Terry Jones sets sail on voyage with the Owl and Pussycat
The Monty Python star has just finished a libretto for an opera version of Edward Lear’s poem
Since Terry Jones got into writing opera, his biggest complaint about the genre has been the lack of drama. He once complained that Cinderella the pantomime would have more “psychological truth” in it than the opera version he had witnessed at Glyndebourne.
So, after being asked to write the libretto for an operatic version of Edward Lear’s The Owl And The Pussycat, he decided to give the story a bit of Python twist.
“As I read through the poem again, I noticed there wasn’t much dramatic tension. The only part where you don’t know what is going to happen is when they can’t find a ring. But then, of course, there is the piggy-wig. I thought I would write the prequel to the story in the poem. Here you have a cat going off with a bird and so I thought it would be good to have them confused about why they like each other until they realise they have a lot in common, like they both like to eat small birds.”
The opera is being staged on a canal boat, which will stop off around the country. It floats into Little Venice this month featuring Westminster Choir.
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Jones wrote the libretto in a week for the opera, which is being staged by the Royal Opera House. He concocted the story of how the two eponymous characters came to be in a position where they wanted to be married. “I am quite well practised at writing nowadays, so I just get on with it,” he says.
The already surreal story takes a Jones-style slant, with features like the League of Feline Decency, who are on the case of the pussycat for pursuing love outside of the usual social circles.
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It is a logical step from his work with the Pythons and his last opera, The Doctor’s Tale, about a successful doctor who is struck from the register for being a dog. Humour is his way of approaching every project. “I don’t suppose there is any other way of approaching things is there?” laughs the 70-year-old.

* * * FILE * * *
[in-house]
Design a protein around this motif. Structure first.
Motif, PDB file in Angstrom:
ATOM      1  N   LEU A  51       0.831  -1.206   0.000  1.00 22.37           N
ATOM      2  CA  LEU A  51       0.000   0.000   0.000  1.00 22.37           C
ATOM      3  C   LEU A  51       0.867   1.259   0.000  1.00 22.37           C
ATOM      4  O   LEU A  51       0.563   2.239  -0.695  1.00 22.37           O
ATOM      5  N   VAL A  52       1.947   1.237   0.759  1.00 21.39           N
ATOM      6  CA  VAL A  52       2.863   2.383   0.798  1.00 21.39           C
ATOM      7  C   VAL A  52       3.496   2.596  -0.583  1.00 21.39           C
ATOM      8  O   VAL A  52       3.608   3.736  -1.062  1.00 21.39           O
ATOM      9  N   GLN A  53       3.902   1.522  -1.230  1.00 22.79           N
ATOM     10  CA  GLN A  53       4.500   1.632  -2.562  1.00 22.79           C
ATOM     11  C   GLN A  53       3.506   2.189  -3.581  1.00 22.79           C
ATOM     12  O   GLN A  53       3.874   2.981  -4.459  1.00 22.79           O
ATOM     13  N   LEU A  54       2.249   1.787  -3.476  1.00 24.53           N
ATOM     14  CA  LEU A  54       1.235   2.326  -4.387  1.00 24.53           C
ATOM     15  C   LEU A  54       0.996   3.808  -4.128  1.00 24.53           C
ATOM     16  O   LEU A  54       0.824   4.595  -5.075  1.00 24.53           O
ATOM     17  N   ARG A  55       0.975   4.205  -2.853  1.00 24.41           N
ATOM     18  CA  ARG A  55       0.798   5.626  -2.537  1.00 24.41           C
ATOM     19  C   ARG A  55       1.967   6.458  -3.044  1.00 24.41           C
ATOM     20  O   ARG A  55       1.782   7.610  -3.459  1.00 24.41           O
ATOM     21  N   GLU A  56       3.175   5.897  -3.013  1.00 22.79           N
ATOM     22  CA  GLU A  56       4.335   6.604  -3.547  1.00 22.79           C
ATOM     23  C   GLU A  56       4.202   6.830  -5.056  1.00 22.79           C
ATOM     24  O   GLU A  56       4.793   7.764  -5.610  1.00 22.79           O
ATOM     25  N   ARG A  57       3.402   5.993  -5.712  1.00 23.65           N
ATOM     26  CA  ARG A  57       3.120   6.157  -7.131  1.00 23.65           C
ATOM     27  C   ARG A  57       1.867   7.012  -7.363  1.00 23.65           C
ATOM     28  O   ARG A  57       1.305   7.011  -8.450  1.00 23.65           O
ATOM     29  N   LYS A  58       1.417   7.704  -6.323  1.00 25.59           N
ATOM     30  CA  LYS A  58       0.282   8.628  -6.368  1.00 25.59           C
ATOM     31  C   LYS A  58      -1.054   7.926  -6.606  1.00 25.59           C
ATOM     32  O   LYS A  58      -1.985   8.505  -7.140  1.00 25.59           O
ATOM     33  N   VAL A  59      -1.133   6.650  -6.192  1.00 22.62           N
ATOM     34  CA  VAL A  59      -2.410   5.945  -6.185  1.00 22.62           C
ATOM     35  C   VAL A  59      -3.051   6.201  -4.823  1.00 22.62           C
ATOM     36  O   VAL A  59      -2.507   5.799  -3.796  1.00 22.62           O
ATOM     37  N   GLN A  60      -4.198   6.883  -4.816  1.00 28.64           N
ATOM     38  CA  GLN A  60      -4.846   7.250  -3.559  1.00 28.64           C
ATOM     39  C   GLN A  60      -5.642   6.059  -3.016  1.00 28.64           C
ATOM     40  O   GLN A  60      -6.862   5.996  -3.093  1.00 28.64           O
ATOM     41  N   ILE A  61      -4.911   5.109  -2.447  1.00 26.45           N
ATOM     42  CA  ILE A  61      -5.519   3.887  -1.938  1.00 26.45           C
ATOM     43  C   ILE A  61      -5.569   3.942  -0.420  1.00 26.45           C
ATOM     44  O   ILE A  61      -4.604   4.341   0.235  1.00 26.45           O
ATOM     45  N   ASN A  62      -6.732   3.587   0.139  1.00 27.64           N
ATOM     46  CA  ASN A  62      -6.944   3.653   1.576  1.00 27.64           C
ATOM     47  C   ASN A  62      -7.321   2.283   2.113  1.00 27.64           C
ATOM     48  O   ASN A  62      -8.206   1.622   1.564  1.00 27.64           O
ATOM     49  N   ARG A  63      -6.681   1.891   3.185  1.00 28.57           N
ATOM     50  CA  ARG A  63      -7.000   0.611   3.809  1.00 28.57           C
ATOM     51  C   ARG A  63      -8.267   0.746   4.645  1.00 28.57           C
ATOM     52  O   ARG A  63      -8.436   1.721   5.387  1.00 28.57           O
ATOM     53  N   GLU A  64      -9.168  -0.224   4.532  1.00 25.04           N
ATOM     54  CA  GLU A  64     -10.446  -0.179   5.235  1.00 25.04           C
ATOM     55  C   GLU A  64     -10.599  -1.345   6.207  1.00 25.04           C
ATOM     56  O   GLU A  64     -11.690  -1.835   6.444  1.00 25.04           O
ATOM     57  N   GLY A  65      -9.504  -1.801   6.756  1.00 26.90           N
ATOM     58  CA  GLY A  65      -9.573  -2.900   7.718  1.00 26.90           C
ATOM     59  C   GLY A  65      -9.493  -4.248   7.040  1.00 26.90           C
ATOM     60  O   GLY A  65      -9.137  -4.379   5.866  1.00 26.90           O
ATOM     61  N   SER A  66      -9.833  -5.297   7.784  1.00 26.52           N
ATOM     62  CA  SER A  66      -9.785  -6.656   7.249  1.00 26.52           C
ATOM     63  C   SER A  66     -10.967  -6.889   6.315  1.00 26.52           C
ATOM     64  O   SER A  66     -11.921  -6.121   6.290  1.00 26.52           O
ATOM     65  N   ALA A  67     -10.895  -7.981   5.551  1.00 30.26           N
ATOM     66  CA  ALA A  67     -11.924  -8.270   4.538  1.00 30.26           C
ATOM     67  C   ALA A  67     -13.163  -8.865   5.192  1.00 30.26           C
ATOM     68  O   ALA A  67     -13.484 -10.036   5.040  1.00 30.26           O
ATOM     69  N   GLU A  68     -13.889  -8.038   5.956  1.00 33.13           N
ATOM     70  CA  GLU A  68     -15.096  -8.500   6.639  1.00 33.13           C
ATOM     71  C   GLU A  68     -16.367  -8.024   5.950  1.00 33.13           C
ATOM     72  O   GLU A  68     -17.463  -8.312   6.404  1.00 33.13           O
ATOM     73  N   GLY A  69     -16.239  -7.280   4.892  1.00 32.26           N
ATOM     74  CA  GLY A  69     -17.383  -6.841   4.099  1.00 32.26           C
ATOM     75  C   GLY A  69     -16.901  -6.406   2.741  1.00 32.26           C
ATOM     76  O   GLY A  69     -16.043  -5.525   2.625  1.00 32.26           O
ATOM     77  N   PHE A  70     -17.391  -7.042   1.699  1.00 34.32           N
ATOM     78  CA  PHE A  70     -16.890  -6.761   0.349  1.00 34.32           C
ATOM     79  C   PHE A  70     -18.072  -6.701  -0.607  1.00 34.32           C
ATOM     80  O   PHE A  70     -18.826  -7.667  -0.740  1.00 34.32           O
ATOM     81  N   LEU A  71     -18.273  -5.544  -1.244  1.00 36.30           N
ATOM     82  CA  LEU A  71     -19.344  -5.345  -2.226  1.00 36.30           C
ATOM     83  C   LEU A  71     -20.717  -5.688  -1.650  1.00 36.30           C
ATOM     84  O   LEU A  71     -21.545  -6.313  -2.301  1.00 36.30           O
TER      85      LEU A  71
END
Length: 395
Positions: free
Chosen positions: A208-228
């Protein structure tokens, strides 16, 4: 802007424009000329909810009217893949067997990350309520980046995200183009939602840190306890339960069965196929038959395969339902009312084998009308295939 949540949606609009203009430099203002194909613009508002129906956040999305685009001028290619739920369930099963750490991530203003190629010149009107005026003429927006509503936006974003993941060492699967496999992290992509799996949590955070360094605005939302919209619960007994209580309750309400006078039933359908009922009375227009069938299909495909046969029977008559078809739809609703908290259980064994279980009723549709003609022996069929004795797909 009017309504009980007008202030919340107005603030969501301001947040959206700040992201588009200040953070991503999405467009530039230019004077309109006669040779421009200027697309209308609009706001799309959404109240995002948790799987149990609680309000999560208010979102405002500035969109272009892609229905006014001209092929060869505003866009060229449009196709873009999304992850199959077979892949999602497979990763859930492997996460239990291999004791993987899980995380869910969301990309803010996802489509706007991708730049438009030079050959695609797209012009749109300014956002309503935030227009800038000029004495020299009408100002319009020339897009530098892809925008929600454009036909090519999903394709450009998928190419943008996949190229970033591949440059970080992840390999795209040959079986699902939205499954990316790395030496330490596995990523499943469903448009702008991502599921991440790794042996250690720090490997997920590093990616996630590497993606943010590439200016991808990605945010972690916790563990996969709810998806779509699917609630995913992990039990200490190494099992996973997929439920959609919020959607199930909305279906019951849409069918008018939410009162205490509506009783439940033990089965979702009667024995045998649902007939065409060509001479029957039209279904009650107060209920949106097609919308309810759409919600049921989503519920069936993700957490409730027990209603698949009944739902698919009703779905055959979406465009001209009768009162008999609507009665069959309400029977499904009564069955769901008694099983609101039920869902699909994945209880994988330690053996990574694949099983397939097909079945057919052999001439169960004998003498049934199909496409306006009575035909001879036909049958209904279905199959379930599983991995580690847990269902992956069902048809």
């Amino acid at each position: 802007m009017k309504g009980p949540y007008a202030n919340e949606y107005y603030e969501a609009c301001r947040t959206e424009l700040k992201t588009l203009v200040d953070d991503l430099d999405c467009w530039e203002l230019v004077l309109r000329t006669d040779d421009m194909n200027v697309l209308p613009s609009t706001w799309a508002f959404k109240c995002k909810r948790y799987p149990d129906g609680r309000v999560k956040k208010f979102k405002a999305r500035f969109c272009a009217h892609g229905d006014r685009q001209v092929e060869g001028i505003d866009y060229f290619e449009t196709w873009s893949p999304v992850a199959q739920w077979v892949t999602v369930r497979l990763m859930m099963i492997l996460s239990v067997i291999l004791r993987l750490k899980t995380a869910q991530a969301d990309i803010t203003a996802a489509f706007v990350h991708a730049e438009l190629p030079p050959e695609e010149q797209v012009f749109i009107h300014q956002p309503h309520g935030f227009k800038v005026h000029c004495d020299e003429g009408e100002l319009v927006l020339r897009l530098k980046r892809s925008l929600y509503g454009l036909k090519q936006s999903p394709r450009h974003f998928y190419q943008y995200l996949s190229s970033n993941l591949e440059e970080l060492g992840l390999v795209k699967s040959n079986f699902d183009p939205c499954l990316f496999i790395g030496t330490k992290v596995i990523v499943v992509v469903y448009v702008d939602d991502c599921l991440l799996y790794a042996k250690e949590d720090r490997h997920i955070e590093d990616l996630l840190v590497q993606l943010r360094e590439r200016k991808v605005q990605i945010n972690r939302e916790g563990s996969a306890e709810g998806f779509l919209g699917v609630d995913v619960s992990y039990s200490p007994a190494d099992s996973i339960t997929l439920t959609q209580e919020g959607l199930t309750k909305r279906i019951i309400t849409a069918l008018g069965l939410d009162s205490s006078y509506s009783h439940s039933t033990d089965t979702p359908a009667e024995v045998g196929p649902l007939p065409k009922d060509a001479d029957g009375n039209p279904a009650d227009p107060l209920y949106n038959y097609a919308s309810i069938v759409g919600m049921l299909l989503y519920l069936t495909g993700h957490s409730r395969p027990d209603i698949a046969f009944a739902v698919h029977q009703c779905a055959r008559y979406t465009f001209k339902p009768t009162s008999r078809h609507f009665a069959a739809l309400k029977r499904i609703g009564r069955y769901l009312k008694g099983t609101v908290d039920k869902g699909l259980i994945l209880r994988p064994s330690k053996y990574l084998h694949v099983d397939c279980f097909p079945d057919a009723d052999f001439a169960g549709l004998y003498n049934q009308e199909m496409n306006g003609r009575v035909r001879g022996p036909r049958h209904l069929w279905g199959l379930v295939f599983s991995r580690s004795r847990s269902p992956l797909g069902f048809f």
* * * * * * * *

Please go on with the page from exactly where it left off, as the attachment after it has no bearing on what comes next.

Before Jones moved into opera, he hadn’t seen so much of it. He admits that not much has changed on that front and he would rather be creating culture than absorbing it.
“I don’t actually go out to the theatre much, I’m too busy with my daughter. She’s two and a half, almost three, so she runs rings around me. She’s great, she will be starting school soon. I don’t really read many books, I read Mike Palin’s new book, of course.” Asked what he enjoys on the box and the former small screen star admits. “Well I don’t have a television either.” Does he do anything in his locality of Highgate? “We invite the neighbours round, if that counts.”
So what does he do? Well he writes and writes and writes, it seems. Late in 2011, he published his most recent book Evil Machines with new publishing tool Unbound – a website where authors can pitch to have their products funded directly by the public. “I was asked by my friends, who had set up the site, if I wanted to put anything on there. I had Evil Machines so I thought I’d give it a go.” Of course he admits that with his Python name it may have been easier to achieve the funding, but he insists its not just for well-established authors. “They encourage new and unpublished authors to submit their work too. It’s a good way of cutting out the middle man and talking directly to the readers about what they want.” Will he release another book on the site? “Well I don’t have one yet, but I might.”
In fact, at the moment he is preparing for the Python movie Absolutely Anything, which, after much speculation about whether it was to go ahead, is due to start filming at the end of this year. As with Holy Grail and Life of Brian, Jones will take a directorial role on the film due for release in 2014 he says. “It’s enough to keep me busy for a while.”
T The Owl And The Pussycat comes to Little Venice on July 25 as part of the London 2012 Festival. It will be performed from 2.30pm to 6.30pm Tickets are free and can be booked at http://festival.london2012.com/events/